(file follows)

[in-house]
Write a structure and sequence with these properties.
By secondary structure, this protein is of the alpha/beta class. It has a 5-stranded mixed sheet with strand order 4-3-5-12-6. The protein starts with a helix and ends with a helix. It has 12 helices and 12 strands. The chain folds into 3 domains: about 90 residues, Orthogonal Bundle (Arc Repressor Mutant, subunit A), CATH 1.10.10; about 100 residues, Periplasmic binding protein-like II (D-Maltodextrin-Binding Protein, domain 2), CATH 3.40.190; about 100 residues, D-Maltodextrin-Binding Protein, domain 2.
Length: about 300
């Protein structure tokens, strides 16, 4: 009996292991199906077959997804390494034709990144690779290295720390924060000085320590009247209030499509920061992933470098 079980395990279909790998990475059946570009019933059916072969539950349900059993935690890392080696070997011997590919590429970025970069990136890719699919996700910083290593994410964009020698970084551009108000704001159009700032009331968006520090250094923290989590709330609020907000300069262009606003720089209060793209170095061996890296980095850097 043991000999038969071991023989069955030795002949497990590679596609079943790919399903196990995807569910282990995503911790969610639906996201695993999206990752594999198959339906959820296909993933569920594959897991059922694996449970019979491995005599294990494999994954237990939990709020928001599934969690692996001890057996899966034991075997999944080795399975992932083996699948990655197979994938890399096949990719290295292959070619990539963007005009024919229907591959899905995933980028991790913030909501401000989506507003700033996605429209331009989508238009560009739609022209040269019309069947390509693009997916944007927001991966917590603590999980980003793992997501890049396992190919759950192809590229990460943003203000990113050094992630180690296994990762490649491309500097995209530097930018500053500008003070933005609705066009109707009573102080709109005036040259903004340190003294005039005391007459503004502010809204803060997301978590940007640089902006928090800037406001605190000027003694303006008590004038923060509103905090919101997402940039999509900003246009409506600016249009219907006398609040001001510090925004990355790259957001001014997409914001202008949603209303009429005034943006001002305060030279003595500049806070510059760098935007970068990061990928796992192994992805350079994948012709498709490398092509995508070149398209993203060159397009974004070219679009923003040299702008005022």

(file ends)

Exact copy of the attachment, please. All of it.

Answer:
[in-house]
Write a structure and sequence with these properties.
By secondary structure, this protein is of the alpha/beta class. It has a 5-stranded mixed sheet with strand order 4-3-5-12-6. The protein starts with a helix and ends with a helix. It has 12 helices and 12 strands. The chain folds into 3 domains: about 90 residues, Orthogonal Bundle (Arc Repressor Mutant, subunit A), CATH 1.10.10; about 100 residues, Periplasmic binding protein-like II (D-Maltodextrin-Binding Protein, domain 2), CATH 3.40.190; about 100 residues, D-Maltodextrin-Binding Protein, domain 2.
Length: about 300
């Protein structure tokens, strides 16, 4: 009996292991199906077959997804390494034709990144690779290295720390924060000085320590009247209030499509920061992933470098 079980395990279909790998990475059946570009019933059916072969539950349900059993935690890392080696070997011997590919590429970025970069990136890719699919996700910083290593994410964009020698970084551009108000704001159009700032009331968006520090250094923290989590709330609020907000300069262009606003720089209060793209170095061996890296980095850097 043991000999038969071991023989069955030795002949497990590679596609079943790919399903196990995807569910282990995503911790969610639906996201695993999206990752594999198959339906959820296909993933569920594959897991059922694996449970019979491995005599294990494999994954237990939990709020928001599934969690692996001890057996899966034991075997999944080795399975992932083996699948990655197979994938890399096949990719290295292959070619990539963007005009024919229907591959899905995933980028991790913030909501401000989506507003700033996605429209331009989508238009560009739609022209040269019309069947390509693009997916944007927001991966917590603590999980980003793992997501890049396992190919759950192809590229990460943003203000990113050094992630180690296994990762490649491309500097995209530097930018500053500008003070933005609705066009109707009573102080709109005036040259903004340190003294005039005391007459503004502010809204803060997301978590940007640089902006928090800037406001605190000027003694303006008590004038923060509103905090919101997402940039999509900003246009409506600016249009219907006398609040001001510090925004990355790259957001001014997409914001202008949603209303009429005034943006001002305060030279003595500049806070510059760098935007970068990061990928796992192994992805350079994948012709498709490398092509995508070149398209993203060159397009974004070219679009923003040299702008005022």